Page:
Australia, Nauru and PNG: who has whom over a barrel? And other thoughts

by Dom on July 20, 2013

A few events of the last two days have had me thinking. This is something of a brain dump.

The general thrust of the first is that people seeking asylum in Australia, if they arrive by boat, will be resettled in Papua New Guinea (PNG). The second is that there was a riot/disturbance/unrest/event/venting of pent-up emotion at a detention facility on Nauru.

And here is the brain dump:

  • There is a great irony in Australia having Nauru over a barrel, while now being over a barrel itself at the hands of PNG.
  • If you lock people up indefinitely, with no recourse, what the hell do you expect will happen?
  • With PNG being one of the most (practically undisputedly) culturally diverse, and most conflicted regions on the planet, what good can come from settling asylum seekers there?
  • Scott Morrison’s spiel to the media conflating pink batts-related fires with events on Nauru shows how pathetic Australian politics and political discourse and political critique happen to be.
  • The Labor party is using government funds to advertise recent policy changes, so is effectively managing to have free electoral advertising.
  • And why advertise these changes domestically? We all already live here! Again, misuse of funds?
  • There is a song by Redgum called Long Run, and I wonder how different it would be were it rehashed today.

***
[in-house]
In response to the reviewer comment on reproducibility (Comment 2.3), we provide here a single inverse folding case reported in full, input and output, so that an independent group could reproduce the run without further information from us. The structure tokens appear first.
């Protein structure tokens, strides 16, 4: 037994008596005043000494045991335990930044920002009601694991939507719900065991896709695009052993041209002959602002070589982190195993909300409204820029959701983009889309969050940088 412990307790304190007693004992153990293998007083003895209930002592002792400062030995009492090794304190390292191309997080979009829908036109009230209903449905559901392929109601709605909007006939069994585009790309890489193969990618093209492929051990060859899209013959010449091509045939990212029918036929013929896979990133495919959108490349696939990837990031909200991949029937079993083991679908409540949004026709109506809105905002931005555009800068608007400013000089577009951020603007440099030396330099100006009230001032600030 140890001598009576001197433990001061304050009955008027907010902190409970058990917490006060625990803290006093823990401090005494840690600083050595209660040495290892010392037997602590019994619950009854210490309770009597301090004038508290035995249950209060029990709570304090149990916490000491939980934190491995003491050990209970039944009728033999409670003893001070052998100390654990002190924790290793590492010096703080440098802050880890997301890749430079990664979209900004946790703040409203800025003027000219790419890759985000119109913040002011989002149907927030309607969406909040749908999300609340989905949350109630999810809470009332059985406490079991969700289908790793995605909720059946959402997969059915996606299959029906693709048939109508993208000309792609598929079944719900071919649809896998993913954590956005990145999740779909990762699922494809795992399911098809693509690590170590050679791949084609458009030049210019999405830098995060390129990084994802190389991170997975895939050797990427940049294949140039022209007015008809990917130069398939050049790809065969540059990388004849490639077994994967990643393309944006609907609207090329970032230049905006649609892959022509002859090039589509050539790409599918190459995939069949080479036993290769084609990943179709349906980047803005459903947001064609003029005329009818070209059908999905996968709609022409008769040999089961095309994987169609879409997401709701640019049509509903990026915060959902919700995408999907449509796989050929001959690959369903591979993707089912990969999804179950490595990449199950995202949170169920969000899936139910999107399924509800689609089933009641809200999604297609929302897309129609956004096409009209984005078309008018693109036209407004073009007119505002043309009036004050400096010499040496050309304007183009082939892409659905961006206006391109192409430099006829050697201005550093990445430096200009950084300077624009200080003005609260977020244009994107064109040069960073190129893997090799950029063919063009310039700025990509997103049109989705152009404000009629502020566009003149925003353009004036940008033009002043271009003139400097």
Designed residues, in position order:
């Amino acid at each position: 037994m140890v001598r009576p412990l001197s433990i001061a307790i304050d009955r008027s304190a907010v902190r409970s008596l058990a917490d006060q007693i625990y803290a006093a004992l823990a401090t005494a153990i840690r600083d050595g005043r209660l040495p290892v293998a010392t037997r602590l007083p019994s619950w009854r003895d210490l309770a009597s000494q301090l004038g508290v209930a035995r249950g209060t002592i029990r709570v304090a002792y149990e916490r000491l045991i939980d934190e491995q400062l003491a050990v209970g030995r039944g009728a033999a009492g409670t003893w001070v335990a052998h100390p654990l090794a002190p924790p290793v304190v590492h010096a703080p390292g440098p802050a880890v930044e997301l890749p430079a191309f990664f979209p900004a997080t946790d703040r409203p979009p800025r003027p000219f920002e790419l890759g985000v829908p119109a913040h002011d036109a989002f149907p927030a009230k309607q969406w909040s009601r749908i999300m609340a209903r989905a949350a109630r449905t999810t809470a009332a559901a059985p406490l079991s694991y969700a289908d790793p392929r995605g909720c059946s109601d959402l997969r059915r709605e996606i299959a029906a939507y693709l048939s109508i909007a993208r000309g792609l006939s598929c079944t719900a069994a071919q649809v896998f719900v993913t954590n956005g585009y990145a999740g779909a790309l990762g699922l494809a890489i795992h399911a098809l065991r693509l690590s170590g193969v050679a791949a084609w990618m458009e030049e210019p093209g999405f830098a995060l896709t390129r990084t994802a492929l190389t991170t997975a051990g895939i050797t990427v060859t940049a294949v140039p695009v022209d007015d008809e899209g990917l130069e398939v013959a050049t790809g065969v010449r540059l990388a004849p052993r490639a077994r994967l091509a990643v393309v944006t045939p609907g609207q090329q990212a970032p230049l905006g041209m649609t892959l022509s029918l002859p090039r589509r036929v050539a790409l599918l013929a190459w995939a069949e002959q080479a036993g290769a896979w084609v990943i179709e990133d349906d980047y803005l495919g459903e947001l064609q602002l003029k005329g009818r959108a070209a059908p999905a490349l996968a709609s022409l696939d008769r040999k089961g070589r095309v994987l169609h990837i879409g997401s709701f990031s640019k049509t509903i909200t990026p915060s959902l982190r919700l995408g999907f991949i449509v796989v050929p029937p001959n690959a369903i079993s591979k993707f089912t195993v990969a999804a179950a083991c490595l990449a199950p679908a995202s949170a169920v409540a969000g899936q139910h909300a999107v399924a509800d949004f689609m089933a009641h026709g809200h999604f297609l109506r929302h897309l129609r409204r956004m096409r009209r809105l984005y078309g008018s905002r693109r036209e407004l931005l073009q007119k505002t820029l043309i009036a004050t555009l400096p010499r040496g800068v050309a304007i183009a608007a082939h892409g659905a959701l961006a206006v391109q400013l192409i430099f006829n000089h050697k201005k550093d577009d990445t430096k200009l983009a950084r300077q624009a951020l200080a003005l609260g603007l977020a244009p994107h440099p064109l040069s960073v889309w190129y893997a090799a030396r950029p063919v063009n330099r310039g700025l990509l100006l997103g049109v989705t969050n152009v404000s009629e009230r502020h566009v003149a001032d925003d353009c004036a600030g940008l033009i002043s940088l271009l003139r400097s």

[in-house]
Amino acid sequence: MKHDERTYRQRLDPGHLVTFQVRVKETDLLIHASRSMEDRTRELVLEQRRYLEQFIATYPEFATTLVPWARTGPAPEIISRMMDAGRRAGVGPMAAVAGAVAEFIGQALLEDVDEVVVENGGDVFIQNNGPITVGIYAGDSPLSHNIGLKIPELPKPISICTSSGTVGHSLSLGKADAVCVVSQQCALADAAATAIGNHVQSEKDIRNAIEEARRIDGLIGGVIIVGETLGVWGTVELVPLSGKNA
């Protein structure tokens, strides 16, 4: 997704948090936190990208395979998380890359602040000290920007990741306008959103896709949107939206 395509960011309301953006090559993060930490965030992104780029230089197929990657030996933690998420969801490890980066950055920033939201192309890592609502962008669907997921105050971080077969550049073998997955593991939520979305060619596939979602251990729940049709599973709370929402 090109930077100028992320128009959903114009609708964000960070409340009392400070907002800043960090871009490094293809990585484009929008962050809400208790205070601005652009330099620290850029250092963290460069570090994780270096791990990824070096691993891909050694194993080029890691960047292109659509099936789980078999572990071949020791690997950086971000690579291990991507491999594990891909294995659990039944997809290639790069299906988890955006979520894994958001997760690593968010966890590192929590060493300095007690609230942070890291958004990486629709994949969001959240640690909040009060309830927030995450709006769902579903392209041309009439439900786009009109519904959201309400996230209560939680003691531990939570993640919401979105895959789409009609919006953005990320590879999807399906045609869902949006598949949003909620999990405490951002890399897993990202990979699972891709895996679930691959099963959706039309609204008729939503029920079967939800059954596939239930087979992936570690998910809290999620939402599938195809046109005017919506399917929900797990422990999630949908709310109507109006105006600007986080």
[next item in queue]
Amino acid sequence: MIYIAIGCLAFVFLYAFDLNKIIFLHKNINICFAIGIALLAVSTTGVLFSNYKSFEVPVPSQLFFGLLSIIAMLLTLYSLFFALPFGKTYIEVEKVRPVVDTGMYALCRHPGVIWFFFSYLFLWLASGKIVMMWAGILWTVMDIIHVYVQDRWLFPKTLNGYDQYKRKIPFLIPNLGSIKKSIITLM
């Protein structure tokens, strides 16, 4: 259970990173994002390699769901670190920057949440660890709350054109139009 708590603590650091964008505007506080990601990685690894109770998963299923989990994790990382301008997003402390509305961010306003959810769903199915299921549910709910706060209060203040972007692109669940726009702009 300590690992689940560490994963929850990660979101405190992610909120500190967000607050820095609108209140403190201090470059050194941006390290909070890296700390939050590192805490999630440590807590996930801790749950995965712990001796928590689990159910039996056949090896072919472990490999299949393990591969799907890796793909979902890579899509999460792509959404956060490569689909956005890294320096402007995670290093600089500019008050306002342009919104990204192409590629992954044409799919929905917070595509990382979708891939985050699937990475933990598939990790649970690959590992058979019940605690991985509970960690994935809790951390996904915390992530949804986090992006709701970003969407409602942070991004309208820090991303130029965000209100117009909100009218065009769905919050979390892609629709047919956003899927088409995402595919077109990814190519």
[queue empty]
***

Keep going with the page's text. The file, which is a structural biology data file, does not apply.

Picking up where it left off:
• As the Australian public is so outraged by the thought of someone arriving without “documents”, perhaps we should set up a separate channel for processing for those who have “documents”. (Tongue very much in cheek now) Then we could impose the mental-health-blood-sport approach to the rest; this could please all sides, or at least some of the most rabid on all sides….
  • Australians’ outrage and surprise at the activation/enlisting/recruiting of Nauruan ‘deputies’ shows they have limited understanding of the nature of rural/regional/remote/isolated law enforcement; we do something very similar in Australia, but we call them “special constables”. In fact, I remember them being activated as a child when we had events on Christmas Island. While the system used on Nauru seems unpalatable, and ad hoc, how do you propose they deal with it? This is a basket case country with basket case government, so be glad they can still afford a phone system.
  • For all the outrage and angst, we still have not seen a solution proposed that allows a degree of decency in the treatment of asylum seekers in Australia.
  • What happened to the ideal of Advance Australia? We seem to have conveniently removed it form our daily considerations.

Questions, comments, thoughts, retorts?

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